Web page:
In this context, both Western and Indian-led officials and analysts need to look at the nuclear security incidents that have repeatedly been occurring in India in the recent past. For instance, Indian authorities have seized an enormous volume of uranium and radioactive elements: 7 kg of uranium was in Maharashtra (May 7, 2021); 6.4 kg of uranium was seized in Jharkhand (June 4, 2021); 250 kg of Californium was confiscated in Kolkata (August 26, 2021). Other lapses have occurred in Indian conventional nuclear security. The BrahMos missile incident in March of this year breached Pakistan’s territorial integrity and threatened its sovereignty. This could have led to severe repercussions and escalation, but Pakistan played a decisive role and reacted sensibly to the situation.
Pakistan’s top leadership has continually condemned the false narratives that are being peddled. Prime Minister Shahbaz Sharif rejected Biden’s recent statement on Pakistan’s nuclear weapons as “factually incorrect and misleading.” He further stated, “Let me reiterate unequivocally: Pakistan is a responsible nuclear state, and we are proud that our nuclear assets have the best safeguards as per IAEA requirements. We take these safety measures with the utmost seriousness. Let no one have any doubts.”
Given the delicacy and impact of the comments, as well as a prompt response from Pakistani authorities, Vedant Patel, spokesman for U.S. State Department, downplayed Biden’s comments by stating that “the United States is confident of Pakistan’s commitment and its ability to secure nuclear assets.”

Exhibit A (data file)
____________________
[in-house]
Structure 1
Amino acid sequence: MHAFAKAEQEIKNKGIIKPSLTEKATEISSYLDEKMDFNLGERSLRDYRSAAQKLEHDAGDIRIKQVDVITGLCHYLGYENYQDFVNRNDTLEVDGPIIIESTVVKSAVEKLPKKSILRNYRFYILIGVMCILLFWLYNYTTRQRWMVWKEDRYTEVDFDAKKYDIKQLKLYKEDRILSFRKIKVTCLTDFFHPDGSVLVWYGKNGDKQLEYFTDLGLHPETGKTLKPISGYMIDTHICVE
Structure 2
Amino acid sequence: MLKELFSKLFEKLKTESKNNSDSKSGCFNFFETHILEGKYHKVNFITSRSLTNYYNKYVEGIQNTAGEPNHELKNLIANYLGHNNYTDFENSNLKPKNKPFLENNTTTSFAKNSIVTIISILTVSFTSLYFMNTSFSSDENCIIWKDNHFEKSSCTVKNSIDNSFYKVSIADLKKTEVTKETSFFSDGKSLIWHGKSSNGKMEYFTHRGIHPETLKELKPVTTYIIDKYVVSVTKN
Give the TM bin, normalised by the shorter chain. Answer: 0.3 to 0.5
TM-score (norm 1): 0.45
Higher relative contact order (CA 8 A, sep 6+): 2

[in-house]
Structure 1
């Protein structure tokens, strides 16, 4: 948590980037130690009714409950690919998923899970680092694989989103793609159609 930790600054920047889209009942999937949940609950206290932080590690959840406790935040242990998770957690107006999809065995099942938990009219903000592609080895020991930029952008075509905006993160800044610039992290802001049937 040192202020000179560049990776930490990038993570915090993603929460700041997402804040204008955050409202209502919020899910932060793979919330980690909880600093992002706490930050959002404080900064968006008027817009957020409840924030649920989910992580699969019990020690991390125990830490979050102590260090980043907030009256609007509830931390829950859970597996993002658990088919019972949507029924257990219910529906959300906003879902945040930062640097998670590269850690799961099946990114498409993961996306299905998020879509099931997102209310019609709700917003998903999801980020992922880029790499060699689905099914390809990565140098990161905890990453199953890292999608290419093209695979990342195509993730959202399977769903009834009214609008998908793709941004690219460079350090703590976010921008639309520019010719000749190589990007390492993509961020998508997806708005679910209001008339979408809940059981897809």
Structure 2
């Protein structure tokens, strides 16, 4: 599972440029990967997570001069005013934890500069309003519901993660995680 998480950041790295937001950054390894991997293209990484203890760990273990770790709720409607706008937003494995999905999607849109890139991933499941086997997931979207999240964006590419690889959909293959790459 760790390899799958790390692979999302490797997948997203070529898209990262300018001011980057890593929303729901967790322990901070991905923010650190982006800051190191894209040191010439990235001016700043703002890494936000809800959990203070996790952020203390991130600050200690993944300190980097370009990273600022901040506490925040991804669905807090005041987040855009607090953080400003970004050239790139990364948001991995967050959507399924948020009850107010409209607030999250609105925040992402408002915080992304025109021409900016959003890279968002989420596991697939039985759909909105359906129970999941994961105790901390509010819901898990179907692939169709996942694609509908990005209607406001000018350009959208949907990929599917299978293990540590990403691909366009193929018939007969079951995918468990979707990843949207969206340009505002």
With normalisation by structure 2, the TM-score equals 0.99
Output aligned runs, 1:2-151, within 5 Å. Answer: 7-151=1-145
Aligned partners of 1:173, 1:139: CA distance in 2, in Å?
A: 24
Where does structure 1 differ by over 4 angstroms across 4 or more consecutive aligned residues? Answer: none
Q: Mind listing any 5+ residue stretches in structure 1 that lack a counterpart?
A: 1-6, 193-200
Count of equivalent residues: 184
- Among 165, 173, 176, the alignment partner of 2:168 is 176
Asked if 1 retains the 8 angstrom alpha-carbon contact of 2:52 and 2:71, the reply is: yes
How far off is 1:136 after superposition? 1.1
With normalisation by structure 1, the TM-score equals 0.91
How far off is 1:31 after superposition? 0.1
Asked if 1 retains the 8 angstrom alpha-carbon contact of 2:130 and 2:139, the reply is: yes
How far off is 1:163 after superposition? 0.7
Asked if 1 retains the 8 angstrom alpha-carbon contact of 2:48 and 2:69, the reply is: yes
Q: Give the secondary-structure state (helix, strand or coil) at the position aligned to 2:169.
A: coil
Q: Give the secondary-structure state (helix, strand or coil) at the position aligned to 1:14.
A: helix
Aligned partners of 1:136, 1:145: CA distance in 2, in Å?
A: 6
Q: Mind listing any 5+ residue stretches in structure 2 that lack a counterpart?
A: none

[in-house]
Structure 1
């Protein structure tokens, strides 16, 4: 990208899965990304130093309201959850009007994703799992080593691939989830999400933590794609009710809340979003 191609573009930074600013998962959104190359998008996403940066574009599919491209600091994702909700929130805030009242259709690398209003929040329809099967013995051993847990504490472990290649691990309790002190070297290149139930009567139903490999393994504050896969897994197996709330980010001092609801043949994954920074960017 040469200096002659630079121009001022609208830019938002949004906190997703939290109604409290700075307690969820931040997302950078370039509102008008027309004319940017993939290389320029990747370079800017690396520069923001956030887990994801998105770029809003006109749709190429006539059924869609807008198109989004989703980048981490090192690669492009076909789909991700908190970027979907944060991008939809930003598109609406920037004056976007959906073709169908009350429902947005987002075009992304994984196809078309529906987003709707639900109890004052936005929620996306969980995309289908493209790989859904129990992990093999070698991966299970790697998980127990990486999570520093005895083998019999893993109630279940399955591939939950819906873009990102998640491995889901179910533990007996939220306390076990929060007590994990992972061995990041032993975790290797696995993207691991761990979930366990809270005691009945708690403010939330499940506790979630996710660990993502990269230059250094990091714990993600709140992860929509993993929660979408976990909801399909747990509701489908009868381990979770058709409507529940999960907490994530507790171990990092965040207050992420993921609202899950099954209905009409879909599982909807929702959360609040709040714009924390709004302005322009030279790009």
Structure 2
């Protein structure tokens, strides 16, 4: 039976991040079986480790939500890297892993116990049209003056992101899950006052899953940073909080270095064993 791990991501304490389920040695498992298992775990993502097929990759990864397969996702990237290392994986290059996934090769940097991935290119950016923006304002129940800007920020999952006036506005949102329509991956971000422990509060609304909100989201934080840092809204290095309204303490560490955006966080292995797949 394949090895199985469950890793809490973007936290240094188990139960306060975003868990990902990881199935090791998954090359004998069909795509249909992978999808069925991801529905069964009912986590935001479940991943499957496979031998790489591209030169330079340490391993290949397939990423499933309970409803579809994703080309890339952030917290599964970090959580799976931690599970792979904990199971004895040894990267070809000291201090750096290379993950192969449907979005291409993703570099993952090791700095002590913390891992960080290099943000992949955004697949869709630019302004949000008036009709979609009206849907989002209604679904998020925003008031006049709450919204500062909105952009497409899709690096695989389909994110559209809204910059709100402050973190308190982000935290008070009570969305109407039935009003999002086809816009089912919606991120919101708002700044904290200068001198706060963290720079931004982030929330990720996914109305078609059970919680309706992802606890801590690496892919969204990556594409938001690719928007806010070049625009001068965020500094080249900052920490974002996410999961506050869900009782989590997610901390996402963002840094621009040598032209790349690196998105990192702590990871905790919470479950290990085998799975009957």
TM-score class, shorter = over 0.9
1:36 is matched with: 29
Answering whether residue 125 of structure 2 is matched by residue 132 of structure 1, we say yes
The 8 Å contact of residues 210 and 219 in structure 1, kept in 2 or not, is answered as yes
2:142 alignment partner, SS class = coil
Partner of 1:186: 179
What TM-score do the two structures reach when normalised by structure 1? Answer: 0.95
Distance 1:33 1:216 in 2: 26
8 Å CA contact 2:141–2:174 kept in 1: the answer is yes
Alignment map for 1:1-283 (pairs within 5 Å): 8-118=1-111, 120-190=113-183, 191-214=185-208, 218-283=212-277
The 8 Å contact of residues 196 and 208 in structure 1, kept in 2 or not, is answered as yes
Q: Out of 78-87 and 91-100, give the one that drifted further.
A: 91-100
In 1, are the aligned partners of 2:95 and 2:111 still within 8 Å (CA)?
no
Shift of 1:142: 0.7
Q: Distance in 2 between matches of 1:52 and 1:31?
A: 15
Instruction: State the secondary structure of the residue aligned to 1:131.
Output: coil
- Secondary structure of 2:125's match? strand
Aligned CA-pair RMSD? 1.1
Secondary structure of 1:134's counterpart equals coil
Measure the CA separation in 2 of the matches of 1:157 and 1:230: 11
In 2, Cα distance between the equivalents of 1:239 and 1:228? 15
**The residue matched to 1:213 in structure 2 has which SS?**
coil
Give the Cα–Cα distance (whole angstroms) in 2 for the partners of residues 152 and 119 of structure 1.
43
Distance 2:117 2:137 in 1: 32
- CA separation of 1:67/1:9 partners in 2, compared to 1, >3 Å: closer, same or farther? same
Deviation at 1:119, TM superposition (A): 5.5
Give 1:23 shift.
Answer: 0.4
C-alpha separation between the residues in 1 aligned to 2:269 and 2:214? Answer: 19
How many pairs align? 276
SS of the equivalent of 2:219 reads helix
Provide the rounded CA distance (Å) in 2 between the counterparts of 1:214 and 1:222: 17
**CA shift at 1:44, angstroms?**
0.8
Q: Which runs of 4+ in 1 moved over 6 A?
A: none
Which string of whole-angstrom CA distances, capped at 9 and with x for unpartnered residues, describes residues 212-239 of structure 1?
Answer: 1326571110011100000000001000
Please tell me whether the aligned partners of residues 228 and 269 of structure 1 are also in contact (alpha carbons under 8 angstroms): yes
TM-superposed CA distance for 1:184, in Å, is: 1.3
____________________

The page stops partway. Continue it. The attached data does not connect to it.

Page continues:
Biden’s comments have also been linked to political instability in Pakistan. However, such political issues do not affect nuclear security. The concerned authorities have already dismissed the narrative, such as the Chairman Joint Chiefs of Staff Committee (JCSC) General Nadeem Raza, who during a keynote address earlier this year at a seminar on “Regional Environment and Imperatives of Security” said that “unnecessary and unfounded views on Pakistan's nuclear programme should be avoided, adding that Pakistan is a responsible nuclear power.” He also asserted that “Pakistan is a confident and responsible nuclear power. It pursues the policy of full-spectrum deterrence with the precincts of credible minimum deterrence. Our national security and safety architecture meets all national and international obligations and caters for all kinds of scenarios.”
In short, Pakistan has taken systematic measures to advance its nuclear security. It has taken every possible step to demonstrate that it is a responsible nuclear weapon state with a well-established and institutionalized export control regime and a solid track record in nuclear safety and security. However, unwarranted statements create misperceptions leading to a trust deficit and an unstable strategic environment. Perhaps the international community should instead focus on the weak nuclear security mechanisms and nuclear issues of certain states that require urgent attention.
Dr. Muhammad Muhammadi is an Associate Director of Research at the Centre for International Strategic Studies, Islamabad. He holds a Ph.D. in Politics and International Relations from Shanghai International Studies University, Shanghai, PR China.